Here at The Optimist Daily, we are passionate about proclaiming victories for human rights around the world. We have paid special attention to the globally shifting attitudes around child marriage and forced marriage practices. Now, we can joyfully report that Indonesia passed a bill that, for the first time in the country’s history, bans forced marriage and sexual harassment.
The law was first proposed by the National Commission on Violence Against Women (Komnas Perempuan) and civil society groups a decade ago, and the House of Representatives first deliberated it in 2016.
For years, staunchly conservative groups have opposed this legislation, arguing that the bill’s definition of sexual violence supports liberal values that allowed for “deviant” sexual behaviors.
Despite conservative opposition, though, earlier this month the House of Representatives finally passed the long-awaited bill that specifies nine forms of sexual violence. Among these are physical and verbal assault, harassment, forced sterilization, and exploitation.
The new law outlines severe punishments for perpetrators of these crimes, including 15-year prison sentences for sexual exploitation, nine-year sentences for forced marriage, and four years for circulation of non-consensual sexual content.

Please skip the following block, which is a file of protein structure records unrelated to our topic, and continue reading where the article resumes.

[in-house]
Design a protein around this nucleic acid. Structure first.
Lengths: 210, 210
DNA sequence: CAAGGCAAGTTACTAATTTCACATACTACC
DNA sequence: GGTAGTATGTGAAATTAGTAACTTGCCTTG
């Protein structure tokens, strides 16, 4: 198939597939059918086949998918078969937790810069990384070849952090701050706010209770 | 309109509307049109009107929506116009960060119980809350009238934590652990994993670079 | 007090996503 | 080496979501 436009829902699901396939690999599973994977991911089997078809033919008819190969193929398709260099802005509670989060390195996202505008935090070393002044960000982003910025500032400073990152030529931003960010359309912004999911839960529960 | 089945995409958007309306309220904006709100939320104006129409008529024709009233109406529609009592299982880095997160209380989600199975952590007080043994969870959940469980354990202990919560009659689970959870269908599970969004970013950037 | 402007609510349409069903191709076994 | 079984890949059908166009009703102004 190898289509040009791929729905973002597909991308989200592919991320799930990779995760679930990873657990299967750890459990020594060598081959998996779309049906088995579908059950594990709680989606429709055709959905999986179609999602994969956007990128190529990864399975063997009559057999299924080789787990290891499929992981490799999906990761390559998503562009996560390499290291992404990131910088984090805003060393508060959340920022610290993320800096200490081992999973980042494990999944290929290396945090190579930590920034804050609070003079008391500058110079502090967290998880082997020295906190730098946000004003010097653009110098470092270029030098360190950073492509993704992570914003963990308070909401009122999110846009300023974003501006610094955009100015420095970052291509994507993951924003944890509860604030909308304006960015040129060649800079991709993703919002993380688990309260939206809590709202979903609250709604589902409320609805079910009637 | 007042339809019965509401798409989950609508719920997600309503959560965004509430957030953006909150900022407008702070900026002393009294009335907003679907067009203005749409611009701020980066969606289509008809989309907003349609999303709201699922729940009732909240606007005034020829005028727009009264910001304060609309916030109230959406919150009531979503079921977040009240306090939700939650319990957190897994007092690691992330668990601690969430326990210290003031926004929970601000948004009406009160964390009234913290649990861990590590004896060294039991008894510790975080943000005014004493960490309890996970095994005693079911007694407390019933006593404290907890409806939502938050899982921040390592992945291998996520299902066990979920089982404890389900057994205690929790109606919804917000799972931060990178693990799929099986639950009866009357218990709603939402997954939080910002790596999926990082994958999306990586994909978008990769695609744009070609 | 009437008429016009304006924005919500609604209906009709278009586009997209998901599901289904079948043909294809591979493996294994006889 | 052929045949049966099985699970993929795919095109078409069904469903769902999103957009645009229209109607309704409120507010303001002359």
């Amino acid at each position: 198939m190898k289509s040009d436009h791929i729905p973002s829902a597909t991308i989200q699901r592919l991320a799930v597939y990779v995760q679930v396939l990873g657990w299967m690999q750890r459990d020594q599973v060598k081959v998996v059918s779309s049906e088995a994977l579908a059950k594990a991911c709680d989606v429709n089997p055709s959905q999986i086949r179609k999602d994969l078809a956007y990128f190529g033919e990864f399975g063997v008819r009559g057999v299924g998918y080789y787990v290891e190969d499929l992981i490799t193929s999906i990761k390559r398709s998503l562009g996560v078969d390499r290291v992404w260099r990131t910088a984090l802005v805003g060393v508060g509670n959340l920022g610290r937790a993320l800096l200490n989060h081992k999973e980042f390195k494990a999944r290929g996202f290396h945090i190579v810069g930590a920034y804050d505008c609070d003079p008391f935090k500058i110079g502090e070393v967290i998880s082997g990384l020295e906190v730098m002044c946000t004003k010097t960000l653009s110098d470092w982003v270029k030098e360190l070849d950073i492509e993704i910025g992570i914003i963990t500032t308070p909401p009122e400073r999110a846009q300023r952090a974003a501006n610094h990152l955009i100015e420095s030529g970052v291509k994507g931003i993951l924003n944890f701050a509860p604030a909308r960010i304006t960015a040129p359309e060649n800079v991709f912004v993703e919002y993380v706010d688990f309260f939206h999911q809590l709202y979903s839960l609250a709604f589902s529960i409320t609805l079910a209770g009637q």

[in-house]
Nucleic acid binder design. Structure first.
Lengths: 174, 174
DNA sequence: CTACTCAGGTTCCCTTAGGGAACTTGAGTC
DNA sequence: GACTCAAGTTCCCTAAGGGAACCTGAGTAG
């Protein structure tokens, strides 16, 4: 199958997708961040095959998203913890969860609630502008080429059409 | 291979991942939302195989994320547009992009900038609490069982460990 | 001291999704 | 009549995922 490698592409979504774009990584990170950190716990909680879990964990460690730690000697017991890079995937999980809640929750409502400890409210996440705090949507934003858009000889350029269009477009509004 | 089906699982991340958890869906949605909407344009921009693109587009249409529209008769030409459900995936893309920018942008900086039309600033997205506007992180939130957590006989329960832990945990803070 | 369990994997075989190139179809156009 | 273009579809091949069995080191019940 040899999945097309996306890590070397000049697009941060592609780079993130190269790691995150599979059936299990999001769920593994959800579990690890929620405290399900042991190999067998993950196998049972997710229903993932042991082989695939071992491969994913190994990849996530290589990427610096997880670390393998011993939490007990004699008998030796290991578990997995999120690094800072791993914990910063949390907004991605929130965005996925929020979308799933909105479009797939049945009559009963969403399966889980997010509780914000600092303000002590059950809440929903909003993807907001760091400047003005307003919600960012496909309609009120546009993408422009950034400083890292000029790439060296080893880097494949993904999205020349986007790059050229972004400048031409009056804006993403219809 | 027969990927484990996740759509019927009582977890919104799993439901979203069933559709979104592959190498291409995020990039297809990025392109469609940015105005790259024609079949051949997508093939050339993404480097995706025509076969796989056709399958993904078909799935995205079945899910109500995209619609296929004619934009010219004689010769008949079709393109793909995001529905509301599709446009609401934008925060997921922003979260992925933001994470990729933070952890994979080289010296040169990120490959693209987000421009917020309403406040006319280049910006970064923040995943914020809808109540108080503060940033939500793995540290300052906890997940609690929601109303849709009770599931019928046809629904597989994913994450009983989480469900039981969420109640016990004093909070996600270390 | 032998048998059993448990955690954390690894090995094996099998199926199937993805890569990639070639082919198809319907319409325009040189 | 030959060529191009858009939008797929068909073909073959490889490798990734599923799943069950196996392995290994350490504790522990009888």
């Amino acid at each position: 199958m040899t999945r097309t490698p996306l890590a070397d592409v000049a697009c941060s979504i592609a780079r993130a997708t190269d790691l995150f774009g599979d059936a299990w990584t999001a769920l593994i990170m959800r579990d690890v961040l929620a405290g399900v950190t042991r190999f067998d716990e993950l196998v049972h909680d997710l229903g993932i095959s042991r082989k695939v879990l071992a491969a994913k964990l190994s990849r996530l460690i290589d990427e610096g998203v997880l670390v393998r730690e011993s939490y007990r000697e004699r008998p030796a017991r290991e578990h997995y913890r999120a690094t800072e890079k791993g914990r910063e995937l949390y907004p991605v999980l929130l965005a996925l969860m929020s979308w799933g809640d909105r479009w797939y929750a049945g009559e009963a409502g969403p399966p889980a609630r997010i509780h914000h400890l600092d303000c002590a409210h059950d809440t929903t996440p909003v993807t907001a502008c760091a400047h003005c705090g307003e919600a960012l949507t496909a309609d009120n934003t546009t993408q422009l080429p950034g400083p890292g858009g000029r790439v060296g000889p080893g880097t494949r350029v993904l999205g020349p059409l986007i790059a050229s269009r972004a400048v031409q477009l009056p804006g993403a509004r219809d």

The legislation takes matters a step further to offer restitution and rehabilitation for victims. The law requires the courts to compel convicted abusers to financially compensate victims, who will also be offered counseling.
Indonesia is experiencing rising cases of violence against women, making this new legislation a light of hope during an especially dark time. Last year, Komnas Perempuan reported 338,496 cases, a significant jump from 220,000 in 2020.
“This is not just about law; this is the beginning of a new civilization that we create together,” states Siti Mazumah, the director of the Jakarta chapter of the Legal Aid Foundation of the Indonesian Women’s Association for Justice. “Indonesia has become a nation that will not tolerate and normalize sexual violence.”